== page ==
The Billings Outpost

Despite skeptics, science is best tool we have

OPINION

By CARA CHAMBERLAIN

We are often encouraged to find the world around us mystifying and to assign those parts of it that we cannot understand to supernatural agency, in other words, to the will and mind of God.

We are told that science is untrustworthy or elitist.

We are told that we must not believe our senses or empirical findings but rather what we are exposed to in the appropriate social or political forums.

Accordingly, with the passage of two bills (HR 1029 and HR 1030), the U.S. House of Representatives continues its politically popular assault on science, seeking to curtail the ability of experts to advise on their own specialties and undermine public health studies that rely on keeping confidential the identities of research subjects. It seems probable, in light of these and other actions, that many of our politicians have little knowledge of science.

Fortunately, our academics and engineers continue their work in the trenches, and we reap the benefits of the science our leaders dismiss. Agricultural techniques, sewage and water pollution treatment, computers, light bulbs, central heating: Engineers and scientists have followed Francis Bacon’s advice and learned to manipulate our world for the use of mankind.

Ecologists, on the contrary, warn us when our manipulations go so far as to threaten our survival.

Yet, I suspect, most of us — myself included — still live with an 18th century conception of science. Newton we might trust. Gravity makes sense. Electromagnetism, however, and the manipulation of light waves by lenses seem a kind of magic.

Scientific theories can certainly be impossibly complex for the layperson; but there are some basics that are well supported and understandable.

Consider the theory of trophic cascades. Biologists who have studied animals like wolves and prairie dogs note that, when these “keystone species” are eliminated, many other things happen to an ecosystem.

 For one thing, in the case of wolves, the number of ungulates and coyotes will increase while the number of foxes and riparian trees decreases. Take the prairie dog out of the prairie and you wind up with fewer burrowing owls, badgers, black-footed ferrets, and rattlesnakes. You will also lose soil fertility and moisture.

Sure, one can argue about the ethics of management, about how one wants to manipulate the ecosystem. But one knows that, in manipulation, certain documented effects will occur.

What is disheartening today is that science itself is being discredited by ideologues with particular agendas and by the mainstream media.

When we treat every issue as if there are two equal sides to be considered, we ignore facts and, along the way, do a grave disservice to disciplines (like theology) that are not fact-based or suitable to either/or arguments.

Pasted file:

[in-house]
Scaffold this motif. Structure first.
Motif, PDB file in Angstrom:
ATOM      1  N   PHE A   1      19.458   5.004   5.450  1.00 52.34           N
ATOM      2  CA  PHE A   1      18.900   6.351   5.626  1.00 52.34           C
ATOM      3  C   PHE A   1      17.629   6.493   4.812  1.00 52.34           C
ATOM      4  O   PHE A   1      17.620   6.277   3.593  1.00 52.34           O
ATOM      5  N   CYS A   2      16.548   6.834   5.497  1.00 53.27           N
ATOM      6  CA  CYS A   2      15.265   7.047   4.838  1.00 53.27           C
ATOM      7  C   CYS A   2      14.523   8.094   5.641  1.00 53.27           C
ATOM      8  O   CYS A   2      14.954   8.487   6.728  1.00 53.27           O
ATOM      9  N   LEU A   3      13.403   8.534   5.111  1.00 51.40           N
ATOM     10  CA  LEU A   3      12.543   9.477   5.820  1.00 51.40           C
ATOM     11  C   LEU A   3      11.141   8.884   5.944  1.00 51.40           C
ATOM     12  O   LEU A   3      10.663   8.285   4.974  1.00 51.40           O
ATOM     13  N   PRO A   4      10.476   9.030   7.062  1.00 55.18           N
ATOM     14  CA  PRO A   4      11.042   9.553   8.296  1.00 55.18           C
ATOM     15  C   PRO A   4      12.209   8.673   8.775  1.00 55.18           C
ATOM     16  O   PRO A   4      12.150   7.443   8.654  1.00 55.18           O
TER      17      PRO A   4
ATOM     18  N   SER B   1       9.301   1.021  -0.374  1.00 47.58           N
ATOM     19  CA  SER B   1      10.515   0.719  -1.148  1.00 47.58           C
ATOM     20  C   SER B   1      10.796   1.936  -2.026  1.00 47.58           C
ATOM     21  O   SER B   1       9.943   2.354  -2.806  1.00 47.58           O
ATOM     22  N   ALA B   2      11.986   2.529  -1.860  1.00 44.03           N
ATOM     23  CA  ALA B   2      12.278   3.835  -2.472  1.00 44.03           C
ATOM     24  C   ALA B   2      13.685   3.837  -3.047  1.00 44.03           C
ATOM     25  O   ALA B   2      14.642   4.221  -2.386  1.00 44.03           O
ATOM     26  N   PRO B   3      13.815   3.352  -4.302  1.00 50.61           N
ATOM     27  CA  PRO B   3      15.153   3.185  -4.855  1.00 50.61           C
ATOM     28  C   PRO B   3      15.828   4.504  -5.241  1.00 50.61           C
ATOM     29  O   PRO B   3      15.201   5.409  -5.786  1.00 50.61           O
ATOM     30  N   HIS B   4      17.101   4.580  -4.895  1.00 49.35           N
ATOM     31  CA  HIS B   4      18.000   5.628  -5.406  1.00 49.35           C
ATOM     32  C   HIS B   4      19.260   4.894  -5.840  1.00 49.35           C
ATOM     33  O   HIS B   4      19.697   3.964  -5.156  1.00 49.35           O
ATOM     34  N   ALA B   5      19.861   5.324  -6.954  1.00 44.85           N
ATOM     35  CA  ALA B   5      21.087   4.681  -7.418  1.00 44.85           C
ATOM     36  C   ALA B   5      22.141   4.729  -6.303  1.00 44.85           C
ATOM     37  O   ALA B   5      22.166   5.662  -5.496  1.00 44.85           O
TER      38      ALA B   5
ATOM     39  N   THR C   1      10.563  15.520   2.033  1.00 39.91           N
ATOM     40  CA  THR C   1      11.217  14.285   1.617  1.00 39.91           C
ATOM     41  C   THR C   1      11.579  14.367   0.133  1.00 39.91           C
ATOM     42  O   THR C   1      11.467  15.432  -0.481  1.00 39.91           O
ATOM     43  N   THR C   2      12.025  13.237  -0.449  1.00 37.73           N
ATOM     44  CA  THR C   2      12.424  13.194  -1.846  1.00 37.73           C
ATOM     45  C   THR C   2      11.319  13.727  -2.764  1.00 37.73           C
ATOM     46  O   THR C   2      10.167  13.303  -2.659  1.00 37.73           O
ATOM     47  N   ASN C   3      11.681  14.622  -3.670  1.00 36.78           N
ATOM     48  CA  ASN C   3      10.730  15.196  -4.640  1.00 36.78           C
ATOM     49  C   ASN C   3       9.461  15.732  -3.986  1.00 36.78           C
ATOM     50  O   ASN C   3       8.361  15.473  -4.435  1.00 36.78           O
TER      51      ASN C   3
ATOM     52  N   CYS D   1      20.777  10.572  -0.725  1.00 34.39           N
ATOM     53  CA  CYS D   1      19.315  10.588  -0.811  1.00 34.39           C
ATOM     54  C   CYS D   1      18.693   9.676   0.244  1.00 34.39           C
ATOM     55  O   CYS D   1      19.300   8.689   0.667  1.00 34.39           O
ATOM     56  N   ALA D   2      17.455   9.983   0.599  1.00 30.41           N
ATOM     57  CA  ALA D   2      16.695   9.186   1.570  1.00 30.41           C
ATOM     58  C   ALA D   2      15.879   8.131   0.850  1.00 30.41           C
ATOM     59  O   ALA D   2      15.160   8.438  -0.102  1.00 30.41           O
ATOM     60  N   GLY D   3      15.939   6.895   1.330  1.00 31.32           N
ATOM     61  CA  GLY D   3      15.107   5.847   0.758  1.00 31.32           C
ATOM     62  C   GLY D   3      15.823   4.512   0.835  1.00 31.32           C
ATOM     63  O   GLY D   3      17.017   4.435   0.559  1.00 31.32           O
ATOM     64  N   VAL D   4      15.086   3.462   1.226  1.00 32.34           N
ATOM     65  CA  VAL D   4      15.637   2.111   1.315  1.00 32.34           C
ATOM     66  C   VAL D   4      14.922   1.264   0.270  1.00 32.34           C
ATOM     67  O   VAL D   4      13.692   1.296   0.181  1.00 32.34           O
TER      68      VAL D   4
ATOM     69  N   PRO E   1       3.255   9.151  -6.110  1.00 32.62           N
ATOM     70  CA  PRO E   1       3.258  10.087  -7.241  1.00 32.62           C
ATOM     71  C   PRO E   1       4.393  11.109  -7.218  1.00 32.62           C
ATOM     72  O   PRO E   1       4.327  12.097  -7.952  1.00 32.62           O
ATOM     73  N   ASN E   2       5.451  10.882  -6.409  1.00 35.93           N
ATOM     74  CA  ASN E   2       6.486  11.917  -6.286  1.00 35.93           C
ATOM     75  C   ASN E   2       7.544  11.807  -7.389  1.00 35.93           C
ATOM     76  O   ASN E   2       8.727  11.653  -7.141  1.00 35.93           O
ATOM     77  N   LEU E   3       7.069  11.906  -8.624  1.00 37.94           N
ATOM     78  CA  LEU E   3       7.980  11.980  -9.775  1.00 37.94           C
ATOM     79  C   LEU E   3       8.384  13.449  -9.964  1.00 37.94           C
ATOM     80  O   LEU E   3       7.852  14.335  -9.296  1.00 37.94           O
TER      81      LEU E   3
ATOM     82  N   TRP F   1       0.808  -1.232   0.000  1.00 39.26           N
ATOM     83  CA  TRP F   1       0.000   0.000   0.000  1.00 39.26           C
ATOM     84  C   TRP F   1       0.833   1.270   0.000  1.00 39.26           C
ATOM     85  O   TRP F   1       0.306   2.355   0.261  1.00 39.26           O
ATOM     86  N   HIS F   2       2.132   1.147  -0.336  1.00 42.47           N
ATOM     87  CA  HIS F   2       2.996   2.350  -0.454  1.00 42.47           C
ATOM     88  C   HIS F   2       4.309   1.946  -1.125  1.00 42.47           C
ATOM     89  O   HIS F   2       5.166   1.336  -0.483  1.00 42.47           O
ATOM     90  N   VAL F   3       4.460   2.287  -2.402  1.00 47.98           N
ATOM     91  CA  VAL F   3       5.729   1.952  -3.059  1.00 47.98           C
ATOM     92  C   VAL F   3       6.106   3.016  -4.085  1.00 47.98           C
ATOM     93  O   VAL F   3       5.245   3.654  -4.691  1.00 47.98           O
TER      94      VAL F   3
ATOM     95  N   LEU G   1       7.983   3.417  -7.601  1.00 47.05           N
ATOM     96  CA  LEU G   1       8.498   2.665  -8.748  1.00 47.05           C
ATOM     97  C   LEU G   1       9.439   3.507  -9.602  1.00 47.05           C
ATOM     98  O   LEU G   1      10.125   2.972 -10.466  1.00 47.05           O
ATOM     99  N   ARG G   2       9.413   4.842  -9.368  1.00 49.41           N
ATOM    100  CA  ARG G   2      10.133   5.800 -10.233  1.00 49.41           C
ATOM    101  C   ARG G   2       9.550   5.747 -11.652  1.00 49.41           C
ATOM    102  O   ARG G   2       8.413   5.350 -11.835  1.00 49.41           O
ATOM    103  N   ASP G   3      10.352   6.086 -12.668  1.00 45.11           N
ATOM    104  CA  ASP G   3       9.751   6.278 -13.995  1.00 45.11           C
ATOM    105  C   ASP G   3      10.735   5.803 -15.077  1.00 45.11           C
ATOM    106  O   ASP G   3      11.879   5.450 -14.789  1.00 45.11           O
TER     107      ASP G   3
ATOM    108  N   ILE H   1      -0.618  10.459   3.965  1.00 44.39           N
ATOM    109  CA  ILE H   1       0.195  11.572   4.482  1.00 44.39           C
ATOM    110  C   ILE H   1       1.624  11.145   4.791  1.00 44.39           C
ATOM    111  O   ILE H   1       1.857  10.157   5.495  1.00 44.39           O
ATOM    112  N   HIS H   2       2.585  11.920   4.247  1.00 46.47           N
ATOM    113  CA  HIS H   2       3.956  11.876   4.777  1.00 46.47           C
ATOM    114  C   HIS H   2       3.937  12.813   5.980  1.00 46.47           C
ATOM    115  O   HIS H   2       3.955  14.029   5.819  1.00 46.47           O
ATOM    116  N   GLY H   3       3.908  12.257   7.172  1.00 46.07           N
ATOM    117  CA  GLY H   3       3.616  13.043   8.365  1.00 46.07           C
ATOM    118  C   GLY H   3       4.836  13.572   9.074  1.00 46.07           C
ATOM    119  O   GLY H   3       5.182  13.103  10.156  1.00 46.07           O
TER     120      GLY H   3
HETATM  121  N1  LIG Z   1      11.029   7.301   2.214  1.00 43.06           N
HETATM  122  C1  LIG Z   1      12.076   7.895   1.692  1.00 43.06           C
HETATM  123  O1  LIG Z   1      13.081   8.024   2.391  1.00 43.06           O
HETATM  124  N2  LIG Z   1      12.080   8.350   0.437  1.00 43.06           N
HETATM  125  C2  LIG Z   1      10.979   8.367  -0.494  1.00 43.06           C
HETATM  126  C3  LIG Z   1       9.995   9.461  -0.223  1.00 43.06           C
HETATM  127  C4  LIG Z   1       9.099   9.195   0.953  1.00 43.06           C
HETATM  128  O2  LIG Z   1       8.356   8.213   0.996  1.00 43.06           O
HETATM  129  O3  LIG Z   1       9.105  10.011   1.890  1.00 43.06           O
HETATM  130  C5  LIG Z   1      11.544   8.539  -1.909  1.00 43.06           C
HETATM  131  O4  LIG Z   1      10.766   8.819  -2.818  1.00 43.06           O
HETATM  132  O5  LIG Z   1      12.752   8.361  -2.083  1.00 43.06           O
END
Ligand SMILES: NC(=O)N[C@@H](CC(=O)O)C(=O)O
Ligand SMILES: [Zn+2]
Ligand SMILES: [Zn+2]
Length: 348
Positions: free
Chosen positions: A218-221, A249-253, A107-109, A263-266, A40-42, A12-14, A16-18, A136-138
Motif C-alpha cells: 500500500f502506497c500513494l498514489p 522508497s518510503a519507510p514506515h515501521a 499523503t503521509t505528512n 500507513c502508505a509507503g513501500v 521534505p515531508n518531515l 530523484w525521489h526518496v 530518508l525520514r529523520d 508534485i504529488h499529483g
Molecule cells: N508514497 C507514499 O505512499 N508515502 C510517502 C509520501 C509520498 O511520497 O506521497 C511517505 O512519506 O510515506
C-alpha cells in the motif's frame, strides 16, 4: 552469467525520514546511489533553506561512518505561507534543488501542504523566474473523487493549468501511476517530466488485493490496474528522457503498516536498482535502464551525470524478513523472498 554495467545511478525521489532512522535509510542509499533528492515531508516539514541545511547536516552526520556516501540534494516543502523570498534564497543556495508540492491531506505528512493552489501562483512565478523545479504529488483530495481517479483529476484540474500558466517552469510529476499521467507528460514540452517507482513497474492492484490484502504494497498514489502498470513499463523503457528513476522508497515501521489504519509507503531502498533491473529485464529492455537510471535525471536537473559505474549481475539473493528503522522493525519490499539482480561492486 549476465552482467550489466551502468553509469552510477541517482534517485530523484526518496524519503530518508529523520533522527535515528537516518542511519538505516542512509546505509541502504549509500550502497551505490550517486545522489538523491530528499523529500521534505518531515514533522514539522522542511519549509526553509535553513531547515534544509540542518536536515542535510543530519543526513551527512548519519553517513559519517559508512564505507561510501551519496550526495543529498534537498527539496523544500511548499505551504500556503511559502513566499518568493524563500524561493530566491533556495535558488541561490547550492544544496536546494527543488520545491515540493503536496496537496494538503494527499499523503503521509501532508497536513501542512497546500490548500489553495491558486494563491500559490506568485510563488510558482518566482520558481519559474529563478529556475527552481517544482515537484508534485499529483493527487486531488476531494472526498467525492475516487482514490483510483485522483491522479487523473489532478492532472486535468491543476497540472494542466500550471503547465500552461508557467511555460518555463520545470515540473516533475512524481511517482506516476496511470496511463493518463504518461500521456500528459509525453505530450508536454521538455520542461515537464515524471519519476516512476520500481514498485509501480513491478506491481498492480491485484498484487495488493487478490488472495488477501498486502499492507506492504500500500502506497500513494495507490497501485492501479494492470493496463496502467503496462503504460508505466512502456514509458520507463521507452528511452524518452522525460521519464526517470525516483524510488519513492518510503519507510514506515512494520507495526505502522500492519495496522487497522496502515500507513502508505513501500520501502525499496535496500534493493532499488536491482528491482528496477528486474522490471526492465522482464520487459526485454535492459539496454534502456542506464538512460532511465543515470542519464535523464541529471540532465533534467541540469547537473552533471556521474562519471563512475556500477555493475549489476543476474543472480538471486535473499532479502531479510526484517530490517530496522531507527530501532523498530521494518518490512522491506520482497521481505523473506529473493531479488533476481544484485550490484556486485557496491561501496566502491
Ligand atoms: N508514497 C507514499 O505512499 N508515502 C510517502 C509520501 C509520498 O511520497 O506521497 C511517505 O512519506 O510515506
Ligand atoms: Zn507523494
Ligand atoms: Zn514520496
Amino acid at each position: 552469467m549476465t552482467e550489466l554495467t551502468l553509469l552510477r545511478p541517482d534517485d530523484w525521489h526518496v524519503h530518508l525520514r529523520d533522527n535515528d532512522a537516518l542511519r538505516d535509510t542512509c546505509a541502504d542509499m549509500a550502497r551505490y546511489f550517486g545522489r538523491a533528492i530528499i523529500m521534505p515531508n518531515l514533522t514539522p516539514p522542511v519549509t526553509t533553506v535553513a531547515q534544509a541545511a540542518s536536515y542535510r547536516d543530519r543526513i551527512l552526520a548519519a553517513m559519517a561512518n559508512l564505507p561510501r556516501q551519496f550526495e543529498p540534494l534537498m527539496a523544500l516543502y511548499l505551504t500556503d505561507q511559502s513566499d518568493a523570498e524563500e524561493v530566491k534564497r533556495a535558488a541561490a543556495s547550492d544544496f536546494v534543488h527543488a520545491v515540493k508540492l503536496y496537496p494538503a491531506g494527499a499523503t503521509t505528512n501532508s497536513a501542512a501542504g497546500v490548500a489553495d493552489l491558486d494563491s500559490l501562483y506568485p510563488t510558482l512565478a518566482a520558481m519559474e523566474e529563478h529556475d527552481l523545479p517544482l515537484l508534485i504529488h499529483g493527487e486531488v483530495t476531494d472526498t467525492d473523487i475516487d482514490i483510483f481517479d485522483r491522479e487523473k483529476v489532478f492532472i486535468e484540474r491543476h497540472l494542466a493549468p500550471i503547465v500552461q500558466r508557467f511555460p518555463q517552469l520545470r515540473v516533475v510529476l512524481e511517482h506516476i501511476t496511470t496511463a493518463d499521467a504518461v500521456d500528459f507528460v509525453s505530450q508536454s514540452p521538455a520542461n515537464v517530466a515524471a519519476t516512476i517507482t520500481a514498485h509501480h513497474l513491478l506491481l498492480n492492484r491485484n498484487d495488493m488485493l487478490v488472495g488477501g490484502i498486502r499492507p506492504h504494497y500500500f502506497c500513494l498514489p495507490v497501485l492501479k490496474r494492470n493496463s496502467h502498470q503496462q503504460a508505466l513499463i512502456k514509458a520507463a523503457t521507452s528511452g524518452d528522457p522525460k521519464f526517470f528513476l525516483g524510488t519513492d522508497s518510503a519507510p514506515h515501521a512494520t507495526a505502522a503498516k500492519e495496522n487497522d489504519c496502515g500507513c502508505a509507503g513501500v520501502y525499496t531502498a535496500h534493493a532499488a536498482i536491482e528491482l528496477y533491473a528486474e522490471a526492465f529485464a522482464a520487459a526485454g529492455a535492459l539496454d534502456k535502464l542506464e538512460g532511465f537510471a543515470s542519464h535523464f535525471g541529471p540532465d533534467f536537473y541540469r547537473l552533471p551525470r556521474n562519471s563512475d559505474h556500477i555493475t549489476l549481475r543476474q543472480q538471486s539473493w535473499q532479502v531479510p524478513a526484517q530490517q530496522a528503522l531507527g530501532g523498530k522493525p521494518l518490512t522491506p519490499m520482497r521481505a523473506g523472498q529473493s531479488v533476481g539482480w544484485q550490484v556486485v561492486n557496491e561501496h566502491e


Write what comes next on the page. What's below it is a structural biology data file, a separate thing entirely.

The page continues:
To understand the way greenhouse gases affect our planet and how increased CO2 emissions affect the balance of greenhouse gases, to comprehend how ocean acidification works, and to study the findings of biologists concerning plant and animal behavior in response to climate change could, theoretically, drive a debate about what, if anything, should be done in response.

Is it economically feasible for coastal communities to keep rebuilding every few years? Should drought-hardy livestock breeds be introduced? Should some keystone species be moved farther north or higher up as a hedge against extinction? What provisions should be made for climate refugees or drought-spawned warfare?

These are moral issues, but we cannot even get to that discussion because we are still laboring under the impression that the science is somehow unsettled, unclear or politically incorrect.

Of course, science can be wrong. It turned out that, despite years of research findings to the contrary, white male humans do not, after all, have the biggest and best brains on earth. But the beauty of science is that theories can be refined when further research proves that they should be.

Perhaps science is the best quantitative narrative we currently have to explain how our world functions. What we do about the data should, of course, be subject to moral and religious discussion — that arena where considering two or more thought systems is quite appropriate. Science uninformed by ethics is dangerous.

But ideologies that ignore science discredit themselves. Or they should. 

Last Updated on Thursday, 16 April 2015 10:38

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